For a break from politics, you'll find videos on other current events, such as How The Stock Market Works or even current household trends, like Baking Bread.

If you've ever wanted to be the person who's in the know, The Great Courses Plus will give you access to all the historical (and non-historical) information you'll need to be an armchair expert. Who knows, it may even inspire you to be a certified expert.

With monthly and yearly subscription options, you gain access to everything from Ancient Egypt to the science of crime scenes.

Check out all of the amazing courses offered on The Great Courses Plus! Follow this link and choose from a 3, 6 or 12-month subscription!

Culture News

On President's Day, Celebrities Honored the Past When America Had a Leader

"In honor of Presidents Day, lie to everyone you meet and form your own criminal syndicate with the fam. Have fun 'til the feds show up."

In the annals of American history, one tradition lost to time is having a president of the United States.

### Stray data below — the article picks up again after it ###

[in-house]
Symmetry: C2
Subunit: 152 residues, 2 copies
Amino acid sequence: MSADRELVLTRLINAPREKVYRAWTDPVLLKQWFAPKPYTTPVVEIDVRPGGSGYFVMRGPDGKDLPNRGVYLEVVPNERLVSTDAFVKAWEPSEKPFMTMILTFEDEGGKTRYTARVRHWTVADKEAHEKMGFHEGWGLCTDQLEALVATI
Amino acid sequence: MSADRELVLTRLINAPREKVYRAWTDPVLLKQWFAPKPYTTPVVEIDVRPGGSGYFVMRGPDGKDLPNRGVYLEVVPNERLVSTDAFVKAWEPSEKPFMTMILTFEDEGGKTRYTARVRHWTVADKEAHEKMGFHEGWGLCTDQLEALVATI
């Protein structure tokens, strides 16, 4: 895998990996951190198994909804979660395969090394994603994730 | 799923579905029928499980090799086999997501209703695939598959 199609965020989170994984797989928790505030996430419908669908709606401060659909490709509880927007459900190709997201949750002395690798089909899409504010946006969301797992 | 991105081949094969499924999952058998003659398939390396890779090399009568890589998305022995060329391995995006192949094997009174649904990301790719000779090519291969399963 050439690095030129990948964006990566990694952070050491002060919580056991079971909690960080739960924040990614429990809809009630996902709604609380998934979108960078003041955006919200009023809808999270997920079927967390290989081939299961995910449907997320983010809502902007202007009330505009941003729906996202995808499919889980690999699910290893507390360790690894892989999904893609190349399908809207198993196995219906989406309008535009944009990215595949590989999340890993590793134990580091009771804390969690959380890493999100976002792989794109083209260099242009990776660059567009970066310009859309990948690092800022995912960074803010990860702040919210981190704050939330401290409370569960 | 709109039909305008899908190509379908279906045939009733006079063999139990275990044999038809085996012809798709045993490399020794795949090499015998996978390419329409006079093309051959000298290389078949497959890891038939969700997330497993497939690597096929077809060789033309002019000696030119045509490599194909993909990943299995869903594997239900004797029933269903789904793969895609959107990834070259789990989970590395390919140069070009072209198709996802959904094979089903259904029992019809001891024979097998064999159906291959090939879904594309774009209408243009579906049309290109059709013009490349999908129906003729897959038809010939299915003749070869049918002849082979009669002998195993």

Now, we have a simulation of a dictator who's passionate about internment camps and scaling back LGBTQ communities' fundamental rights, like serving in the military or going to the bathroom. On President's Day, high profile celebrities used their platforms on Twitter to commemorate the role formerly known as "leader of the free world." From Bette Midler's mournful post that President's Day "just reminds me that we don't have one" to Sesame Street's throwback to Big Bird's ambitious campaign in 1976, here were the best celebrity posts honoring this antiquated holiday.